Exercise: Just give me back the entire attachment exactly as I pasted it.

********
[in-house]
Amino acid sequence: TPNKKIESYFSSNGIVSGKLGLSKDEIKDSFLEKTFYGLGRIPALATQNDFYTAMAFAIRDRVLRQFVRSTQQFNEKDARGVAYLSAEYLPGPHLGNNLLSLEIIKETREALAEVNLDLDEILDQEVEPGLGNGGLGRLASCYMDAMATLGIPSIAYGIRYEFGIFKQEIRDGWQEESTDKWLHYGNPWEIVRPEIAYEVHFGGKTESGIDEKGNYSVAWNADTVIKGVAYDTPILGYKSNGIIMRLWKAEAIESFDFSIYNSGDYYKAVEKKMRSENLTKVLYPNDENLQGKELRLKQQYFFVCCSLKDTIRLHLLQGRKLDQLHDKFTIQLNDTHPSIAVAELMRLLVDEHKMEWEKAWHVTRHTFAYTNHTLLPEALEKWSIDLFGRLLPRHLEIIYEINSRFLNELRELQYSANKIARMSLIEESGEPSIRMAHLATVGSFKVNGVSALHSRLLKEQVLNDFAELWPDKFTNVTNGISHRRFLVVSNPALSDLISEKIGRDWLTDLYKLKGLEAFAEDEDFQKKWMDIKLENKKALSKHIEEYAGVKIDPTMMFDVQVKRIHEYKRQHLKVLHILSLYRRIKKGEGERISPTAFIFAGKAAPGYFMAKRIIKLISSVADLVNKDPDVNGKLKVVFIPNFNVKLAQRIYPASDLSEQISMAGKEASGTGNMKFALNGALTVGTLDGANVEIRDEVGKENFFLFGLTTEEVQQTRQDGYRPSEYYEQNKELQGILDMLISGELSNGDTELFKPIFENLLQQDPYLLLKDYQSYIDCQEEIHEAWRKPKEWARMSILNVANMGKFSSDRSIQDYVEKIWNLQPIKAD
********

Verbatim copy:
[in-house]
Amino acid sequence: TPNKKIESYFSSNGIVSGKLGLSKDEIKDSFLEKTFYGLGRIPALATQNDFYTAMAFAIRDRVLRQFVRSTQQFNEKDARGVAYLSAEYLPGPHLGNNLLSLEIIKETREALAEVNLDLDEILDQEVEPGLGNGGLGRLASCYMDAMATLGIPSIAYGIRYEFGIFKQEIRDGWQEESTDKWLHYGNPWEIVRPEIAYEVHFGGKTESGIDEKGNYSVAWNADTVIKGVAYDTPILGYKSNGIIMRLWKAEAIESFDFSIYNSGDYYKAVEKKMRSENLTKVLYPNDENLQGKELRLKQQYFFVCCSLKDTIRLHLLQGRKLDQLHDKFTIQLNDTHPSIAVAELMRLLVDEHKMEWEKAWHVTRHTFAYTNHTLLPEALEKWSIDLFGRLLPRHLEIIYEINSRFLNELRELQYSANKIARMSLIEESGEPSIRMAHLATVGSFKVNGVSALHSRLLKEQVLNDFAELWPDKFTNVTNGISHRRFLVVSNPALSDLISEKIGRDWLTDLYKLKGLEAFAEDEDFQKKWMDIKLENKKALSKHIEEYAGVKIDPTMMFDVQVKRIHEYKRQHLKVLHILSLYRRIKKGEGERISPTAFIFAGKAAPGYFMAKRIIKLISSVADLVNKDPDVNGKLKVVFIPNFNVKLAQRIYPASDLSEQISMAGKEASGTGNMKFALNGALTVGTLDGANVEIRDEVGKENFFLFGLTTEEVQQTRQDGYRPSEYYEQNKELQGILDMLISGELSNGDTELFKPIFENLLQQDPYLLLKDYQSYIDCQEEIHEAWRKPKEWARMSILNVANMGKFSSDRSIQDYVEKIWNLQPIKAD